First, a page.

I’ve been fighting since 2013-2014 against the exclusion of Quebec residents from international esports event and now that we finally succeeded to prove that esports aren’t a publicity contest and there is no legal reason to exclude us, I’m realizing that some companies, like MLG, just don’t want to cooperate.
Therefore, I decided to create a special page on my personal website specifically for that topic.
Why is Quebec excluded?
A simple misunderstanding…
As explained on the Fédération québécoise de sports électroniques (FQSE) website (http://esportsquebec.ca/exclusionfr/), the FQSE asked the Régie des alcools, des courses et des jeux du Québec (RACJ) to clarify the judicial status of esports competitions, the RACJ examined the issue and stated, in an official letter dated from November 15, 2016, that e-sports competitions were not considered “publicity contests” as defined by legislation.
Therefore, these competitions are not under the jurisdiction of the RACJ, and the organizers are not required to report the hosting of such events or to pay related fees. Indeed, the RACJ views e-sports tournaments as events in which there is a form of competition that relies on the players’ skills:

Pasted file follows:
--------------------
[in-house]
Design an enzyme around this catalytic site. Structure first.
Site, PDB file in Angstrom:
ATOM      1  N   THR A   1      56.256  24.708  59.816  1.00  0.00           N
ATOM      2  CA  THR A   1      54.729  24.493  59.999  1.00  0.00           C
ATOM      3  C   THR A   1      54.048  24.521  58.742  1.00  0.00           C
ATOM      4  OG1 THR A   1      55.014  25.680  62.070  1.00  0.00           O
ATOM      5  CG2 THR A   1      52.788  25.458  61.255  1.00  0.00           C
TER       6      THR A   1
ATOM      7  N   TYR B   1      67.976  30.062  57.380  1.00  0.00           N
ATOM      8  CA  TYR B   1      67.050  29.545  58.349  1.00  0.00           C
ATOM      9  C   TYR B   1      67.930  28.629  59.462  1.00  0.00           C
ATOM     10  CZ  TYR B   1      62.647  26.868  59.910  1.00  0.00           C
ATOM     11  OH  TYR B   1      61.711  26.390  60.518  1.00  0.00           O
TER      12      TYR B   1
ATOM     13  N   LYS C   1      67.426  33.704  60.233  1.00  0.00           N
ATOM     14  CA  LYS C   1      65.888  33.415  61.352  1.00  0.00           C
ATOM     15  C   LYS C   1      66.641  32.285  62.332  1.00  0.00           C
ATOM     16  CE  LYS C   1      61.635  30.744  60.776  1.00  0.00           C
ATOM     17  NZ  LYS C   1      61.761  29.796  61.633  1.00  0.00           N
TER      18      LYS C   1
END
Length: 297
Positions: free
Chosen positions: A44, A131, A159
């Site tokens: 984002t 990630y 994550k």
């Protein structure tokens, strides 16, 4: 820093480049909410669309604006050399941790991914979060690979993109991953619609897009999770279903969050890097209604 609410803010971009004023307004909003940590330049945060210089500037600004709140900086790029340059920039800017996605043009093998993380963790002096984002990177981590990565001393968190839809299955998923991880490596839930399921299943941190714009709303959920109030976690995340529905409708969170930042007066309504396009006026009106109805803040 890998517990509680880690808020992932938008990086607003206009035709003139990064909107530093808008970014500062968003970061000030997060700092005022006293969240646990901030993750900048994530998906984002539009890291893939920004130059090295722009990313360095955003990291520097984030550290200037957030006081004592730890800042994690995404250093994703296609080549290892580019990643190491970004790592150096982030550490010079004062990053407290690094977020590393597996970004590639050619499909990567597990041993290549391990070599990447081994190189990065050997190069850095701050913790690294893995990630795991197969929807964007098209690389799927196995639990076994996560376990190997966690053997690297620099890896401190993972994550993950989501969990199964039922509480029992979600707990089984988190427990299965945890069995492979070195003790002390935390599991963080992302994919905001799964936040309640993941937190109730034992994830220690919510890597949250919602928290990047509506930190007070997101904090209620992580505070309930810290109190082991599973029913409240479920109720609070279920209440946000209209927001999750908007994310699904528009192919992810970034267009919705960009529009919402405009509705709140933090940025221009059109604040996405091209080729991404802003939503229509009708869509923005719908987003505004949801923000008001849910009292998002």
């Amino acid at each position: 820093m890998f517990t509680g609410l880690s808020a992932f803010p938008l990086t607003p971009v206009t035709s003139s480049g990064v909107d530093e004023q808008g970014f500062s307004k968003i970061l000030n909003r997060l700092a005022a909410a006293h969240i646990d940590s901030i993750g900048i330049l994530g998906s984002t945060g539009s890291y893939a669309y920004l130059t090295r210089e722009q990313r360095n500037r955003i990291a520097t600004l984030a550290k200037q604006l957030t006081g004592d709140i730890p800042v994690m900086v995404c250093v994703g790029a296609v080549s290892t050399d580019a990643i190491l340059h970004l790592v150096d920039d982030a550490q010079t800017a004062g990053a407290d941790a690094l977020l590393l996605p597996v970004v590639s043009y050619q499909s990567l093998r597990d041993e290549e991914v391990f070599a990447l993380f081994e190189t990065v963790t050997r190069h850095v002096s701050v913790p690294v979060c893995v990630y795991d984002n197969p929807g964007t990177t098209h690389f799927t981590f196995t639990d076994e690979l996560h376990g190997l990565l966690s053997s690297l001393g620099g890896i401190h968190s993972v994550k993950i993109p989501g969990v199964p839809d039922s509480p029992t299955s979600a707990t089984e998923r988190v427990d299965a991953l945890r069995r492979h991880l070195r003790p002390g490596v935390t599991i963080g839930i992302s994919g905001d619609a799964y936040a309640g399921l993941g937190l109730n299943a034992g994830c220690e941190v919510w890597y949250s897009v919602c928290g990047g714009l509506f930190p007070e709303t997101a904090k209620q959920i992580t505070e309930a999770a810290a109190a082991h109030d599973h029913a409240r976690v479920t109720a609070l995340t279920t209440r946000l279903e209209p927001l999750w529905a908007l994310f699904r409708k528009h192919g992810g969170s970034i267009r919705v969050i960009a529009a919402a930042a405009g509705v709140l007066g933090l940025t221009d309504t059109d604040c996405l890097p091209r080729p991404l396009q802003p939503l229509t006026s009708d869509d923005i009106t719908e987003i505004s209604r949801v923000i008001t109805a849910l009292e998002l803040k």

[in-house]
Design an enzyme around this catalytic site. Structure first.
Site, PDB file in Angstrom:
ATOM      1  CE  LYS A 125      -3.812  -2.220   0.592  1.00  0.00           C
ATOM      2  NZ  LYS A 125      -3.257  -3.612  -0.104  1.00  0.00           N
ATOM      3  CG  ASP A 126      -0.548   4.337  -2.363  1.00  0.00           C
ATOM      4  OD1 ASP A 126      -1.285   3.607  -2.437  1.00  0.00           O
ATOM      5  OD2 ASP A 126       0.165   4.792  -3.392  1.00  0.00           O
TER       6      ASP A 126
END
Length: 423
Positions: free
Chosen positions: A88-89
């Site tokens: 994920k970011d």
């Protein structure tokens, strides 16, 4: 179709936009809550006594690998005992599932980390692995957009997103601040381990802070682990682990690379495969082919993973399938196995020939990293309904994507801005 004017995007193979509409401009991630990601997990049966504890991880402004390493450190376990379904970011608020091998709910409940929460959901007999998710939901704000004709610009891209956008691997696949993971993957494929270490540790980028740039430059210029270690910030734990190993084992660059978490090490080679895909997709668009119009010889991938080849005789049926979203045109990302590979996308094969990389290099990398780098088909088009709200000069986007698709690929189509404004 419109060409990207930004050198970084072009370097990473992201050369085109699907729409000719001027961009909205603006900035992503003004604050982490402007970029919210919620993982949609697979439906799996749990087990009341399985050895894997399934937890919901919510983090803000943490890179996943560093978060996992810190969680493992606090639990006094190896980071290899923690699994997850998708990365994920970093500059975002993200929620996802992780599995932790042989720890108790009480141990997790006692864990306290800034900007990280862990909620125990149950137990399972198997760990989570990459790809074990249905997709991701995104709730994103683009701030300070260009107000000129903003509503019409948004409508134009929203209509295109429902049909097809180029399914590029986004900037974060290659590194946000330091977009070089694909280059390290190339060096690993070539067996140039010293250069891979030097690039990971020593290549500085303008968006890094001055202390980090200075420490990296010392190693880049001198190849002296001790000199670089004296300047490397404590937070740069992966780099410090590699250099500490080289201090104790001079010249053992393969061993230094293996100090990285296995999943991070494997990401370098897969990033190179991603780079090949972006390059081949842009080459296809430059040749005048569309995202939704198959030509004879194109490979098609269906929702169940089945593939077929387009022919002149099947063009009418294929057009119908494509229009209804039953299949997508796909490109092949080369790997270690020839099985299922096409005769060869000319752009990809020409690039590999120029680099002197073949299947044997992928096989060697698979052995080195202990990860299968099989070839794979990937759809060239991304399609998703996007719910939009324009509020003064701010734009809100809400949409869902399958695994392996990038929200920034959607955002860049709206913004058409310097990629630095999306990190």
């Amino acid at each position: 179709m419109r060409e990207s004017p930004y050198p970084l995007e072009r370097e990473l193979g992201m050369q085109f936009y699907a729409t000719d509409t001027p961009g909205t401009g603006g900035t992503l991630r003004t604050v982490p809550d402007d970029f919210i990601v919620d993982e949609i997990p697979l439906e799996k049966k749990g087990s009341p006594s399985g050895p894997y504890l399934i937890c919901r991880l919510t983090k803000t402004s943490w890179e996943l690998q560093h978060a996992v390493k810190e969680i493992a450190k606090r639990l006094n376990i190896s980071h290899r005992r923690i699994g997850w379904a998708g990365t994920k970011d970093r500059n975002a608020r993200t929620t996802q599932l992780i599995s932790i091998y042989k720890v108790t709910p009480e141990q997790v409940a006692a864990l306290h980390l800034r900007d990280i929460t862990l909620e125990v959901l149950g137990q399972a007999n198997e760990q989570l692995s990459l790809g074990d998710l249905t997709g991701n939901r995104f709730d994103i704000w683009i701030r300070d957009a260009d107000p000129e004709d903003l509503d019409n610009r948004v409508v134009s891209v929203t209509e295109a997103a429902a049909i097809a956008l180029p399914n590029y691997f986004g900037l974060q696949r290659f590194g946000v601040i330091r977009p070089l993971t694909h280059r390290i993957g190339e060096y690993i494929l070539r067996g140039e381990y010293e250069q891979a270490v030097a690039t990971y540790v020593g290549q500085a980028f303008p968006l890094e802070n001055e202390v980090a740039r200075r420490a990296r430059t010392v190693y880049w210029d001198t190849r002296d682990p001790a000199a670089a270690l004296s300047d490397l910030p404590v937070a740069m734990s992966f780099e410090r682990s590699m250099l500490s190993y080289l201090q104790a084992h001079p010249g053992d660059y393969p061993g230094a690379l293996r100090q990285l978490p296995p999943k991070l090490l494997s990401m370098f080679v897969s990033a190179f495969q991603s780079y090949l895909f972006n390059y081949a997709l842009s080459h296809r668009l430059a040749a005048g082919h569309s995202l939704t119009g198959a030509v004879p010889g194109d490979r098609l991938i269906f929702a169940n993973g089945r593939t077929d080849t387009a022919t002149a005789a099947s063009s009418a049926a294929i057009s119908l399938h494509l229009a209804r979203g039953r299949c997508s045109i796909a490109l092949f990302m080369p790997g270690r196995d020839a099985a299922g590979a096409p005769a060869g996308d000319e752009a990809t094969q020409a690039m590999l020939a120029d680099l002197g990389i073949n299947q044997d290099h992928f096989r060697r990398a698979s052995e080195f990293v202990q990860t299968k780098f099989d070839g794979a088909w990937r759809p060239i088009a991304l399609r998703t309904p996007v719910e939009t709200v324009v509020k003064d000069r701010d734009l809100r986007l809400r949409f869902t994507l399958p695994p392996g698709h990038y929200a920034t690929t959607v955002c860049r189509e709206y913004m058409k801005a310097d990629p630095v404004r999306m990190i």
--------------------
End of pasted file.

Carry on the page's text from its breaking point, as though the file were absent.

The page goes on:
Since esport focuses on players’ personal skills, its main purpose is not for commercial purposes, but rather to allow video gamers to compete with each other to determine who is the most skillful and, as in all competitions, to award a prize to the most talented participants.
As a reminder, the ambiguity surrounding the legal status of esport competitions previously caused the exclusion of Quebec residents in some international competitions. By putting an end to this ambiguity, the notice from the RACJ is a key argument in convincing the organizers of such competitions to welcome Quebec players.
Last edit : 2020/10